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Feds appear in no rush to conduct overdue parliamentary review of assisted dying law

OTTAWA — The federal Liberal government appears to be in no hurry to complete a legally required parliamentary review of Canada's law on medical assistance in dying, which is already 18 months overdue.

OTTAWA — The federal Liberal government appears to be in no hurry to complete a legally required parliamentary review of Canada's law on medical assistance in dying, which is already 18 months overdue.

Repeated delays have led some critics to conclude that the government would rather wait for court rulings to force its hand, rather than plunge into the potentially politically explosive questions the parliamentary review was supposed to explore.

Those questions include whether mature minors or Canadians suffering solely from mental illnesses should be eligible for assisted dying and whether people with dementia and other competence-eroding conditions should be able to make advance requests for the procedure while they still have the mental capacity to consent.

The review by a joint parliamentary committee of MPs and senators was supposed to start in June 2020 but the committee was not formed until last spring.

It held just three meetings — two of them purely organizational meetings — before Parliament broke for the summer and the committee was then disbanded in August due to the federal election call.

While all other House of Commons committees were quickly reconstituted post-election and are back in business, the joint committee on assisted dying has still not been re-established, even though it is theoretically supposed to issue its report in May.

A spokesman for government House leader Mark Holland said the government looks forward to the committee "being reconstituted in the upcoming session of the House" which resumes on Jan. 31, "so it can move quickly to do its work in the coming months."

But even if the committee is struck immediately, Sen. Pamela Wallin, who was to represent the Canadian Senators Group on the committee, predicts there's no way it will get through its complex and emotionally charged work in just four months.

"You'd have to really want that to happen in order for it to happen," she said in an interview, adding she gets no sense the government is interested in moving expeditiously.

Wallin said the five senators named to the committee last May are all ready to get started but have received no explanation for the delay in appointing MPs. The 10 MPs who were named to the committee last spring were all re-elected on Sept. 20 and could presumably be reappointed without difficulty.

"It's just frustrating for all of us," she said, attributing the delay to the government's "general reluctance" to get ahead of the courts on the issue of access to assisted dying.

"I think it's going to be in the long run as it has always been on this issue: the courts will lead," said Wallin, who has championed the issue of advance requests.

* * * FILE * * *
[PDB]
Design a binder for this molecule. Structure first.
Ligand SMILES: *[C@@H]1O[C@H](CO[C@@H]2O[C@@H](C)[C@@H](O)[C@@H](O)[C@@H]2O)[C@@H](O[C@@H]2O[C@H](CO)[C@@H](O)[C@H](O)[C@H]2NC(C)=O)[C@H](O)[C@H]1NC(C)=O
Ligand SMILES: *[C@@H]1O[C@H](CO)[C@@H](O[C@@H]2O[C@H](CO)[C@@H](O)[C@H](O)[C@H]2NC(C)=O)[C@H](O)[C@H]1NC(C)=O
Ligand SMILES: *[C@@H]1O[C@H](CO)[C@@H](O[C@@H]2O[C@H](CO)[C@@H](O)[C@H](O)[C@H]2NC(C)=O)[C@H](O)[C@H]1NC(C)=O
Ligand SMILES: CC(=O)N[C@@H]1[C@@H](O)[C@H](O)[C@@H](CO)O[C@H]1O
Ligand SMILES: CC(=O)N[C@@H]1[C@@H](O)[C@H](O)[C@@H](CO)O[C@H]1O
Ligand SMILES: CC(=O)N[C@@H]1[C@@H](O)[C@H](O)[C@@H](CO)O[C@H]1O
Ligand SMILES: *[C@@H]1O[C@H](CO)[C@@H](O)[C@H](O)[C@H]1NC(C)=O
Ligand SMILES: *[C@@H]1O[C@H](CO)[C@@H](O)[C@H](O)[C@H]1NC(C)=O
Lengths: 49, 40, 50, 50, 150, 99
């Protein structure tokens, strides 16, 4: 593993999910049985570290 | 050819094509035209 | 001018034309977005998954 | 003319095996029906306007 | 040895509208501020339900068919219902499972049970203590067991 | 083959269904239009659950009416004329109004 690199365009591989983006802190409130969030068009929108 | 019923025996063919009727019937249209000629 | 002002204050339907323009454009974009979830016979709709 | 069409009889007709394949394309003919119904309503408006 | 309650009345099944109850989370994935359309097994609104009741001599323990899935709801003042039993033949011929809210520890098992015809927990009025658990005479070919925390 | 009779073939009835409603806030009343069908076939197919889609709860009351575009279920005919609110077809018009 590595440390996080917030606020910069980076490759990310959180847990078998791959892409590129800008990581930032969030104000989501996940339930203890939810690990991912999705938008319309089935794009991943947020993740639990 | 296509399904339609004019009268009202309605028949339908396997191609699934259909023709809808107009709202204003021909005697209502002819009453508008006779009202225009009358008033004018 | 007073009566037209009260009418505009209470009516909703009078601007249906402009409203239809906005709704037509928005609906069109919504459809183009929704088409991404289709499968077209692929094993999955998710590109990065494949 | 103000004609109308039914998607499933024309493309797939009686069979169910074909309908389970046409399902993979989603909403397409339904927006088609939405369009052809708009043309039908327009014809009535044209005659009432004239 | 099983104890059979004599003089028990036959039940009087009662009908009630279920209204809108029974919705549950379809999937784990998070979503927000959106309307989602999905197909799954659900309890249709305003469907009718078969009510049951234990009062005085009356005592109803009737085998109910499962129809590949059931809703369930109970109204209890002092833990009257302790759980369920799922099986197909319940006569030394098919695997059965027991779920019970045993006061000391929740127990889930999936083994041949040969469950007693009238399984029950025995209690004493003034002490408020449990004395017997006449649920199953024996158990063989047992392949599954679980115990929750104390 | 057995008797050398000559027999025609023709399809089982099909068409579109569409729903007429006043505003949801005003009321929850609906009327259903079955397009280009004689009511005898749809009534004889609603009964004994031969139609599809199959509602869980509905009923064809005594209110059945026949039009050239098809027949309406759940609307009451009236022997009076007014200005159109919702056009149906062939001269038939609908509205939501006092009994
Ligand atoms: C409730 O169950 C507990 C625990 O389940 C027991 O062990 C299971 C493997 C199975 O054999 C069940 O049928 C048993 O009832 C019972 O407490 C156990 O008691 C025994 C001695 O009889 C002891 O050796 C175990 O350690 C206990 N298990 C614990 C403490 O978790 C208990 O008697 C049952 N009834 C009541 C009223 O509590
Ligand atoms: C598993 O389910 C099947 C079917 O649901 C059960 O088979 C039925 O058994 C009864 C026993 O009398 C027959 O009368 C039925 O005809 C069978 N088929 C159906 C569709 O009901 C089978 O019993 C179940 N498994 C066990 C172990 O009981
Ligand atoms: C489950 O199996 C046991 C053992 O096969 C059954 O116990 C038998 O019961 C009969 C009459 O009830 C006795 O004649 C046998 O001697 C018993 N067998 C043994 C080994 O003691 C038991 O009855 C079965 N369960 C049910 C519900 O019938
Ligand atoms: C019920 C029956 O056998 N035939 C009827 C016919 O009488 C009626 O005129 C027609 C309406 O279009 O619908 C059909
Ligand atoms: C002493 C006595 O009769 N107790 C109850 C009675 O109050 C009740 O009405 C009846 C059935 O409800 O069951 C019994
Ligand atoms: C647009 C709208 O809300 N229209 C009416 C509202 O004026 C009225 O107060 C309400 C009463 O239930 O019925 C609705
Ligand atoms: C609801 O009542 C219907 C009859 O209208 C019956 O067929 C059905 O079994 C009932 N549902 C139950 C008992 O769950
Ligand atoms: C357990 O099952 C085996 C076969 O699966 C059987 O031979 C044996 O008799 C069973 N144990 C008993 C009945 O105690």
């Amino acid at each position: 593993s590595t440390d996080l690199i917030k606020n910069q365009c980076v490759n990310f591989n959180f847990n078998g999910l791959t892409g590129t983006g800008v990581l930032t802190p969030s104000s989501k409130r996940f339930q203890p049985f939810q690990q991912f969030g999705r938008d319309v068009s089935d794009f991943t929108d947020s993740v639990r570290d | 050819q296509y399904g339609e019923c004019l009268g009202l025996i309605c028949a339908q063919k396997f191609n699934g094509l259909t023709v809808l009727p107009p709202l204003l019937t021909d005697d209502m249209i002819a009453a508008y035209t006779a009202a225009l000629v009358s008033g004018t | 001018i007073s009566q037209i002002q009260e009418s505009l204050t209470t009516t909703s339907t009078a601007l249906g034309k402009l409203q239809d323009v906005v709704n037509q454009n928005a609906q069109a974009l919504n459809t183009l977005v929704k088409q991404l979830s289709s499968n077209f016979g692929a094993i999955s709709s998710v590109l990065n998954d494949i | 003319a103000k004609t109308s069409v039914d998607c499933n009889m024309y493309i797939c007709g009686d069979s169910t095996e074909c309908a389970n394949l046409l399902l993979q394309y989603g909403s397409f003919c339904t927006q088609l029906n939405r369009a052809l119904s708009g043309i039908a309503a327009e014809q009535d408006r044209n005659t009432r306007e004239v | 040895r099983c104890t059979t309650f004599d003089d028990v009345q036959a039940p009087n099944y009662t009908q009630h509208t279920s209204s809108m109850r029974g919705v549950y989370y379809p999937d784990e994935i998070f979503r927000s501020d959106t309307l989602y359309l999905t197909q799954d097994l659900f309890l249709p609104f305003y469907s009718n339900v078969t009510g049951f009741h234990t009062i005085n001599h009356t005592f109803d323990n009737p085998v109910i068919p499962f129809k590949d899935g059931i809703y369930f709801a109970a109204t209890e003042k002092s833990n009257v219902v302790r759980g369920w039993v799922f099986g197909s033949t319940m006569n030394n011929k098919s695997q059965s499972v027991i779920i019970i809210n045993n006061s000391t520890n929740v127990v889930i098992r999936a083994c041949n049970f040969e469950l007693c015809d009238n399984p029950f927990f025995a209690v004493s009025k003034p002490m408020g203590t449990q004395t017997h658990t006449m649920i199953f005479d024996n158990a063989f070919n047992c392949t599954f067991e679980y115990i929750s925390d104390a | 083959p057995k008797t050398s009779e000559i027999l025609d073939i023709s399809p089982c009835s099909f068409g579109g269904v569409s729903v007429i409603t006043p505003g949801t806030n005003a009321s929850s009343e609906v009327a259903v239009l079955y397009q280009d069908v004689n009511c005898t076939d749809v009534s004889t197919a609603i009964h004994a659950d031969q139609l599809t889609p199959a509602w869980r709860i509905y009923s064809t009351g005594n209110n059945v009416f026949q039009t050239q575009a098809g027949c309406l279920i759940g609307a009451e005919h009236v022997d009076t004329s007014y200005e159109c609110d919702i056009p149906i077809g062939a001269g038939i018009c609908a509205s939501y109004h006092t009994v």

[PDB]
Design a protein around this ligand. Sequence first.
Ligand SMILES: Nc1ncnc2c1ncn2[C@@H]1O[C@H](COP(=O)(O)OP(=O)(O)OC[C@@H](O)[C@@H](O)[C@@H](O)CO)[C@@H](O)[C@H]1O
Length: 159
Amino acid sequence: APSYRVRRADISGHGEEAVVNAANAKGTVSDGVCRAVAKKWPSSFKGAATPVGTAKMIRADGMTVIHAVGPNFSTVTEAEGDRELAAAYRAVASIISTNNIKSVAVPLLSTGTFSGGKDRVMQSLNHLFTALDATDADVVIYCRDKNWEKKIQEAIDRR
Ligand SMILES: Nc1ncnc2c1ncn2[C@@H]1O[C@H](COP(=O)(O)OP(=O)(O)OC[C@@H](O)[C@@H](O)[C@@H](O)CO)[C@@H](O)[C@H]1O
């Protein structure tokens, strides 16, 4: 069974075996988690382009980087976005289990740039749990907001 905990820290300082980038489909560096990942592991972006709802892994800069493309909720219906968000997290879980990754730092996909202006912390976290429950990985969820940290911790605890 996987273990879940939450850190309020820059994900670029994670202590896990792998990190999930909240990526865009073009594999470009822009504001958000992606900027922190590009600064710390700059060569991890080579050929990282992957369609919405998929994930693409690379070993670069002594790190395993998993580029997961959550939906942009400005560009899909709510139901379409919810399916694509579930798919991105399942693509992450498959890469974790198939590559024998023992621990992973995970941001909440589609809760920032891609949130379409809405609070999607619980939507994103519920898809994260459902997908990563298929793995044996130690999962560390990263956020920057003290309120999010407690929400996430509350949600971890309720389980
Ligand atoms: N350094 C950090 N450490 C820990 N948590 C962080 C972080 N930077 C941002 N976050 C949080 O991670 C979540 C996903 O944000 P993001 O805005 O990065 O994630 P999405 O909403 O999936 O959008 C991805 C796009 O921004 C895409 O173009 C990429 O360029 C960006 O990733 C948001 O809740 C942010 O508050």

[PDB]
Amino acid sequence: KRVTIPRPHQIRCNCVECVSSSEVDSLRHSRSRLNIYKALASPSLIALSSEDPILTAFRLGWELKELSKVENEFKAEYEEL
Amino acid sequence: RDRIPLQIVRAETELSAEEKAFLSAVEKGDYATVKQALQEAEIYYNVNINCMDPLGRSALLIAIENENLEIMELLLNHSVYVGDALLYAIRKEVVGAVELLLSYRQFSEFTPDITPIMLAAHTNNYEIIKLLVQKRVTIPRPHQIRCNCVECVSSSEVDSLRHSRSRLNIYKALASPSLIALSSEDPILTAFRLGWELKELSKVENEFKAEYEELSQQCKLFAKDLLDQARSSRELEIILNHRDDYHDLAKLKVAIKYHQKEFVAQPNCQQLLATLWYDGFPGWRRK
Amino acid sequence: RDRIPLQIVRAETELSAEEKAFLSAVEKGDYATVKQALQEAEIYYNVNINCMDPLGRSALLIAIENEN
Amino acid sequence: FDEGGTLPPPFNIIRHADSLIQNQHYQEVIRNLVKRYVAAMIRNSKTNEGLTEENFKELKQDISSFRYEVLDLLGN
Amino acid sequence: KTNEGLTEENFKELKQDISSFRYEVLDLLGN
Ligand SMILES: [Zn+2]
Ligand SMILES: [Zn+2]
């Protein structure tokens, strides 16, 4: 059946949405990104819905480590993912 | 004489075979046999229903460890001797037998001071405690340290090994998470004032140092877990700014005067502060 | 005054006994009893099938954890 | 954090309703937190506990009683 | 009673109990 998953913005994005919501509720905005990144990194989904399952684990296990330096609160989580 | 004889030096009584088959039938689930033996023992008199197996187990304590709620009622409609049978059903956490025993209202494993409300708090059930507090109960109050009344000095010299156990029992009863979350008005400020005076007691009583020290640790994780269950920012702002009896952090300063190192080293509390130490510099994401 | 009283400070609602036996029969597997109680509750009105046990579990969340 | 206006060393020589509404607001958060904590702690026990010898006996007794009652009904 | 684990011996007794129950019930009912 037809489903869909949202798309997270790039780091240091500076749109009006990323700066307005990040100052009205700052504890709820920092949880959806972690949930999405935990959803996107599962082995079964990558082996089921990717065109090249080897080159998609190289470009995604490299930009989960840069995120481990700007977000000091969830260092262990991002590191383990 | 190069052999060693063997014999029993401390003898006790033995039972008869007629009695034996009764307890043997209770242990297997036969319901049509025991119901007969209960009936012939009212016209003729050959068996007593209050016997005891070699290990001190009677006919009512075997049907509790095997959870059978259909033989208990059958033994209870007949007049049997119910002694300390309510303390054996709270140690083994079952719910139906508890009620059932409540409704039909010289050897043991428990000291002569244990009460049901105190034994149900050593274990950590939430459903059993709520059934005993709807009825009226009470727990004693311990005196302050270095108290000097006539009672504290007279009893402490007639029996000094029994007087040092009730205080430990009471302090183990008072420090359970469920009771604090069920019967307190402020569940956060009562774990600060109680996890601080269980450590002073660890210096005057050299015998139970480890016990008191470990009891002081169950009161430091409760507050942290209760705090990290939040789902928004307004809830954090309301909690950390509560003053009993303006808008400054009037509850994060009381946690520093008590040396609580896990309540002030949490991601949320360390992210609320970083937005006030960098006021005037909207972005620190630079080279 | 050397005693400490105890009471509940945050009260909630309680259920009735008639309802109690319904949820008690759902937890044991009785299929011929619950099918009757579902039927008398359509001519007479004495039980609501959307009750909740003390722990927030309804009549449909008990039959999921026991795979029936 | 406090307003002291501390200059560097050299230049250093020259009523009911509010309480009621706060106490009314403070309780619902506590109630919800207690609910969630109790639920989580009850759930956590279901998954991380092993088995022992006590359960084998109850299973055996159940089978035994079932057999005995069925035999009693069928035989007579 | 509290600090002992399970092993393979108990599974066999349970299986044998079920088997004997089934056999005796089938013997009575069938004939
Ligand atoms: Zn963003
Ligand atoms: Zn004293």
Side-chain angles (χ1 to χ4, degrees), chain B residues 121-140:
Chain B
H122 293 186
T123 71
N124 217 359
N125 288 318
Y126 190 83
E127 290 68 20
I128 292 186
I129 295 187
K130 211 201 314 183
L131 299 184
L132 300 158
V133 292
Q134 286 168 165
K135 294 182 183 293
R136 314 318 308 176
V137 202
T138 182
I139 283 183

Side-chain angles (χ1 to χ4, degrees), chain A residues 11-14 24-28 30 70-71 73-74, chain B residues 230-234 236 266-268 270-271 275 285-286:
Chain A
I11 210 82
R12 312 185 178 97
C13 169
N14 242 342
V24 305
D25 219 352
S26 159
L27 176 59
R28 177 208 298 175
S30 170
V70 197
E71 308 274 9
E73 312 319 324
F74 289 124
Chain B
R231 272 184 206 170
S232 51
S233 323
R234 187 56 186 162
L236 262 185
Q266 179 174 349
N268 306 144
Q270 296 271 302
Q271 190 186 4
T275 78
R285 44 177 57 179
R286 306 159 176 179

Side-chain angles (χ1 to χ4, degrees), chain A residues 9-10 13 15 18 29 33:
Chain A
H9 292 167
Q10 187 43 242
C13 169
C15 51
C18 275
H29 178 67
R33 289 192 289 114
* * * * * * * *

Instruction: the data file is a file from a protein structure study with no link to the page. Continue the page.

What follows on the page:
The government's approach puts a heavy financial and physical burden on already severely ill people who are forced to engage in lengthy legal battles to gain access to medical assistance in dying, she said. For people with dementia, who don't have years to spend on court challenges, "it's denying them this very, very basic choice" to die with dignity.

In addition to the questions surrounding mature minors, mental illness and advance requests, the committee is also supposed to study a host of associated issues, such as the state of palliative care in Canada and the protection of Canadians with disabilities.

When assisted dying was legalized in Canada in 2016, the legislation included a commitment to a five-year parliamentary review of the new law, which restricted the procedure to individuals whose natural death was "reasonably foreseeable." 

The Liberals faced criticism last year for proceeding with amendments to the law — in response to a Quebec court ruling, which struck down the foreseeable death requirement — without having even launched the promised review. But there is no apparent legal consequence for ignoring such statutory commitments or deadlines.

As part of Bill C-7 passed last March, the government promised to finally get the parliamentary committee underway within 30 days (a deadline it missed by about a week) and to have it report back within a year of its first meeting, which was held in May. It made no allowance for a disruption of the committee's work by an election.

Although the committee is supposed to study the issue of expanding access to assisted dying to people suffering solely from mental illnesses, the government has already agreed in C-7 to lift the current ban on that in 2023 and has set up a separate committee of experts to advise on the rules that should apply in those cases.

Those experts have been proceeding on schedule and are expected to issue their report by March 17, according to Justice Minister David Lametti's office.

This report by The Canadian Press was first published Jan. 19, 2022.

Joan Bryden, The Canadian Press

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